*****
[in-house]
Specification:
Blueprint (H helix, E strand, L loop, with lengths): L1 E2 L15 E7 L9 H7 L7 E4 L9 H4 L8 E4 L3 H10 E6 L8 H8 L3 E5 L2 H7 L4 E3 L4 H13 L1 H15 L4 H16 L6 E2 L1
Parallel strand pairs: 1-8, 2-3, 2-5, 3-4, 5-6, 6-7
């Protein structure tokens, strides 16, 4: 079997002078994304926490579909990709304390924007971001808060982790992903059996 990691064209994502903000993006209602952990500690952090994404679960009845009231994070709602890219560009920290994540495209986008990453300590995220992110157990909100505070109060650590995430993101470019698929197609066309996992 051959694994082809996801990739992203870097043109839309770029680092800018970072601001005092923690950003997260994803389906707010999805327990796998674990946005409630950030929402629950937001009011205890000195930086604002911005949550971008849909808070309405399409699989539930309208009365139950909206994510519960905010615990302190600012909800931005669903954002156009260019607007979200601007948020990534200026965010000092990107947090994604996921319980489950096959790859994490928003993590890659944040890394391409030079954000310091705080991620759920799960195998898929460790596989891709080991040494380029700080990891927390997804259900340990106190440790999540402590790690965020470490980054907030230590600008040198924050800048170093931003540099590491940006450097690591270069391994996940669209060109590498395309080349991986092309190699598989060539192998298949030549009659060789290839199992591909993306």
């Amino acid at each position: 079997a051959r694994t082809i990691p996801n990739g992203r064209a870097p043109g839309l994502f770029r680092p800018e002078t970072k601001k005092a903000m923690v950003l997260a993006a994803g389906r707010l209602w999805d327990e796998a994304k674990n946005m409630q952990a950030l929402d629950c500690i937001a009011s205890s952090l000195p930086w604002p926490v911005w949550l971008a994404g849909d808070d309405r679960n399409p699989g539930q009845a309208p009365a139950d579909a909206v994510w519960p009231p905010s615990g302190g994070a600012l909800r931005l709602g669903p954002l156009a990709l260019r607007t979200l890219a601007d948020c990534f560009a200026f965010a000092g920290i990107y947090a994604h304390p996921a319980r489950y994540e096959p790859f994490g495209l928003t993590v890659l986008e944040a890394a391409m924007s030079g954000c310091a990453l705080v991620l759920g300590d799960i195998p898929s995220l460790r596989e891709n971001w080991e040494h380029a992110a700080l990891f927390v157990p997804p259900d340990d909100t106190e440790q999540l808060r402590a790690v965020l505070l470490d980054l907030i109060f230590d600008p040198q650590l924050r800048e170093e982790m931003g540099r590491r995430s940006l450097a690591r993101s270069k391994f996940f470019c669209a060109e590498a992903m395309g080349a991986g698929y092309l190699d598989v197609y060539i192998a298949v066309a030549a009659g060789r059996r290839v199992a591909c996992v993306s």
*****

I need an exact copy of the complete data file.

[in-house]
Specification:
Blueprint (H helix, E strand, L loop, with lengths): L1 E2 L15 E7 L9 H7 L7 E4 L9 H4 L8 E4 L3 H10 E6 L8 H8 L3 E5 L2 H7 L4 E3 L4 H13 L1 H15 L4 H16 L6 E2 L1
Parallel strand pairs: 1-8, 2-3, 2-5, 3-4, 5-6, 6-7
């Protein structure tokens, strides 16, 4: 079997002078994304926490579909990709304390924007971001808060982790992903059996 990691064209994502903000993006209602952990500690952090994404679960009845009231994070709602890219560009920290994540495209986008990453300590995220992110157990909100505070109060650590995430993101470019698929197609066309996992 051959694994082809996801990739992203870097043109839309770029680092800018970072601001005092923690950003997260994803389906707010999805327990796998674990946005409630950030929402629950937001009011205890000195930086604002911005949550971008849909808070309405399409699989539930309208009365139950909206994510519960905010615990302190600012909800931005669903954002156009260019607007979200601007948020990534200026965010000092990107947090994604996921319980489950096959790859994490928003993590890659944040890394391409030079954000310091705080991620759920799960195998898929460790596989891709080991040494380029700080990891927390997804259900340990106190440790999540402590790690965020470490980054907030230590600008040198924050800048170093931003540099590491940006450097690591270069391994996940669209060109590498395309080349991986092309190699598989060539192998298949030549009659060789290839199992591909993306």
């Amino acid at each position: 079997a051959r694994t082809i990691p996801n990739g992203r064209a870097p043109g839309l994502f770029r680092p800018e002078t970072k601001k005092a903000m923690v950003l997260a993006a994803g389906r707010l209602w999805d327990e796998a994304k674990n946005m409630q952990a950030l929402d629950c500690i937001a009011s205890s952090l000195p930086w604002p926490v911005w949550l971008a994404g849909d808070d309405r679960n399409p699989g539930q009845a309208p009365a139950d579909a909206v994510w519960p009231p905010s615990g302190g994070a600012l909800r931005l709602g669903p954002l156009a990709l260019r607007t979200l890219a601007d948020c990534f560009a200026f965010a000092g920290i990107y947090a994604h304390p996921a319980r489950y994540e096959p790859f994490g495209l928003t993590v890659l986008e944040a890394a391409m924007s030079g954000c310091a990453l705080v991620l759920g300590d799960i195998p898929s995220l460790r596989e891709n971001w080991e040494h380029a992110a700080l990891f927390v157990p997804p259900d340990d909100t106190e440790q999540l808060r402590a790690v965020l505070l470490d980054l907030i109060f230590d600008p040198q650590l924050r800048e170093e982790m931003g540099r590491r995430s940006l450097a690591r993101s270069k391994f996940f470019c669209a060109e590498a992903m395309g080349a991986g698929y092309l190699d598989v197609y060539i192998a298949v066309a030549a009659g060789r059996r290839v199992a591909c996992v993306s």